Yield Guild Games and Merit Circle offer play-to-earn gamers so-called scholarships. Gamers, often in developing countries, can borrow the NFT that acts as an entrance fee for the game. In exchange, the player has to send back a cut of their in-game earnings.
In October, YGG invested $175,000 in Merit Circle to expand its scholarship program. But a number of key members of the Merit Circle DAO deem this investment to be insufficient from a value-added perspective.
Many Merit Circle DAO members expected YGG to introduce further investors and provide social media coverage.
“Unfortunately, we were also disappointed with YGG’s response, as it demonstrates how little value they have added over the past 7 months,” wrote DAO member and investor Sad Cat Capital. “As a VC firm ourselves, we take pride in the activism we do for projects that we love.”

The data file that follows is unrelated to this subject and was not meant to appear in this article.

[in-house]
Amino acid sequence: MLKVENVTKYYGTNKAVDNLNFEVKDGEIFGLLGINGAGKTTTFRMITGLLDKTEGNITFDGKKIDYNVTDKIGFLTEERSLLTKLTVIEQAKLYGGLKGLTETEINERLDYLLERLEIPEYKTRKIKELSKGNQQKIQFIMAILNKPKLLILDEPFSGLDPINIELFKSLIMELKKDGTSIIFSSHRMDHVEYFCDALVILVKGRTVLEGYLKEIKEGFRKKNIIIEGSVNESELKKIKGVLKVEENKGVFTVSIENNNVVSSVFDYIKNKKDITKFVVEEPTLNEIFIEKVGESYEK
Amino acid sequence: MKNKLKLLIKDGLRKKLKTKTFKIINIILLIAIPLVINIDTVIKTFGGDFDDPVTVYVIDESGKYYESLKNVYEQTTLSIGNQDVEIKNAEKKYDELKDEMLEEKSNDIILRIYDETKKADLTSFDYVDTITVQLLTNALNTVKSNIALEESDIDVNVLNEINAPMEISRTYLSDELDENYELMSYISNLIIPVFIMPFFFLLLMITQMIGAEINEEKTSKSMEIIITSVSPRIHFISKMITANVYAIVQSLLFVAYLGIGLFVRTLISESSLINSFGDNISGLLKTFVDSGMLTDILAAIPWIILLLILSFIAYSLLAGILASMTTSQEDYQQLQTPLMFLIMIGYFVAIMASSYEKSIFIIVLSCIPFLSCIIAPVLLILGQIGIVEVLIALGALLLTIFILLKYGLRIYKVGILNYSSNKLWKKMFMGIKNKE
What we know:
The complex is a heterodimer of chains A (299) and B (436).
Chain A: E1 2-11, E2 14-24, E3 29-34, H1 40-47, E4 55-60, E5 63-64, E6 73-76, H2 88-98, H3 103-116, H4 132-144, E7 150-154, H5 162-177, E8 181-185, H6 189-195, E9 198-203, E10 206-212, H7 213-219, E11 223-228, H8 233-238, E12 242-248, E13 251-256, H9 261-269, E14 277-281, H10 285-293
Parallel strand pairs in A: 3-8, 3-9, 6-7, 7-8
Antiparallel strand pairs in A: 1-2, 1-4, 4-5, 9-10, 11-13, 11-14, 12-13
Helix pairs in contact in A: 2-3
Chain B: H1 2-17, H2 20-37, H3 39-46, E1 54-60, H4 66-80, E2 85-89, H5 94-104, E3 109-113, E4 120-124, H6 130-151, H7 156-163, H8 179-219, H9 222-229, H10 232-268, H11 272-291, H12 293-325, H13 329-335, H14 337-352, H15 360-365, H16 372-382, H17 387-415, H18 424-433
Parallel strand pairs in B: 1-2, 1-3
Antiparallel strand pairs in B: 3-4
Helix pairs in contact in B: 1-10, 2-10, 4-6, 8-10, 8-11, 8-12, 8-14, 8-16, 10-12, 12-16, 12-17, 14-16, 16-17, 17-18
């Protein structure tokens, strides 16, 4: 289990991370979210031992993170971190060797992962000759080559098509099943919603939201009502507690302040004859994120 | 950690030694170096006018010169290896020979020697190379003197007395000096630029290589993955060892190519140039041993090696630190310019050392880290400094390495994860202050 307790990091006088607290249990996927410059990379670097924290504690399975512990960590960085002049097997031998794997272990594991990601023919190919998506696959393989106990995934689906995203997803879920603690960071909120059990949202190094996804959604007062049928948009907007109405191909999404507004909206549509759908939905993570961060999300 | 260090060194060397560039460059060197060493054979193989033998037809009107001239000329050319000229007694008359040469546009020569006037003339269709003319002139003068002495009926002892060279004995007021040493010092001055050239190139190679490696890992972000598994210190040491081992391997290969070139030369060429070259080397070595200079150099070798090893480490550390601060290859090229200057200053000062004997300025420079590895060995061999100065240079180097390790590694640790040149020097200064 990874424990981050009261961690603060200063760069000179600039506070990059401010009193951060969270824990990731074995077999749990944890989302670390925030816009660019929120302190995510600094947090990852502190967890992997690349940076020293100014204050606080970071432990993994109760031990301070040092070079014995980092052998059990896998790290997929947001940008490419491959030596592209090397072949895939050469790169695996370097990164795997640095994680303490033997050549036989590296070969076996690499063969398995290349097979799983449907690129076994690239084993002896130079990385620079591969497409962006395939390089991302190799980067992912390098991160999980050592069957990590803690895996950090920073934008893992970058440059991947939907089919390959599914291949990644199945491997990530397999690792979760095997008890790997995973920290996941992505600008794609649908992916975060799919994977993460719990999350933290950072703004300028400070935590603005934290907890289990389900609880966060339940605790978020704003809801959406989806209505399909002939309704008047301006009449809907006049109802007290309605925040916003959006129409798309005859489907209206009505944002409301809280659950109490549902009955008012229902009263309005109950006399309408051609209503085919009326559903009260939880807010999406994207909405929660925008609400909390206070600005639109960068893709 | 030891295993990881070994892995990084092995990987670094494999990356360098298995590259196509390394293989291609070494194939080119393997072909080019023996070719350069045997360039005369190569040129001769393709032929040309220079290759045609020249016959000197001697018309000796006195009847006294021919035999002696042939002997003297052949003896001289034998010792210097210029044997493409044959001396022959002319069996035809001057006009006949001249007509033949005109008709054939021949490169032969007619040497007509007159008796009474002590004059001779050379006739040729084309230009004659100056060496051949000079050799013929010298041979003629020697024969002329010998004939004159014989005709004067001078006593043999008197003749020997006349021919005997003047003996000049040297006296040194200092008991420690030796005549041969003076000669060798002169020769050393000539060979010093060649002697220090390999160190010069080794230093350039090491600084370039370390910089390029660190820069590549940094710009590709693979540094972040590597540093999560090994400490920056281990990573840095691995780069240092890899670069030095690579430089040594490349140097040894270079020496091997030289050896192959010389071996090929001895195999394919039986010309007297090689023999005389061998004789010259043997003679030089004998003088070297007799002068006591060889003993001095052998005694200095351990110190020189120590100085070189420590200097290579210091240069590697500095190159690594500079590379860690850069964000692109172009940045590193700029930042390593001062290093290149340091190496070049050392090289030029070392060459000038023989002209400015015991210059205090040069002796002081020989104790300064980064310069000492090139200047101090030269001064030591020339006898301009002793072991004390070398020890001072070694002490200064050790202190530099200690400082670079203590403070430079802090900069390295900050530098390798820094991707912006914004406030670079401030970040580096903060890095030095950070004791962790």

YGG says that the agreement between the two DAOs was an exchange of tokens for capital, and no part of the agreement called for “value-add” services.
All of this highlights a key challenge in the viability of DAOs: As leaderless organizations governed by their members, they are vulnerable to the political whims of stakeholders, who may think they have more control over the DAO than the incorporated, real-world arm of the DAO.
Although many members of the DAO have strong feelings about the role YGG should play, the investment contract was signed by Merit Circle Ltd., the Gibraltar-incorporated counterpart of the DAO, which is controlled by executives of Merit Circle and early investors.
While the DAO members can put forward an improvement proposal on which to vote, it’s not known if the signed agreement has a clause to cancel and refund the investment, thus making any proposal of this nature non-binding.
YGG’s token is currently trading for 68 U.S. cents, according to CoinGecko, down 62% on-month. Merit Circle’s token is at $1.10, and has also faced strong market headwinds, dropping 44% in the last 30 days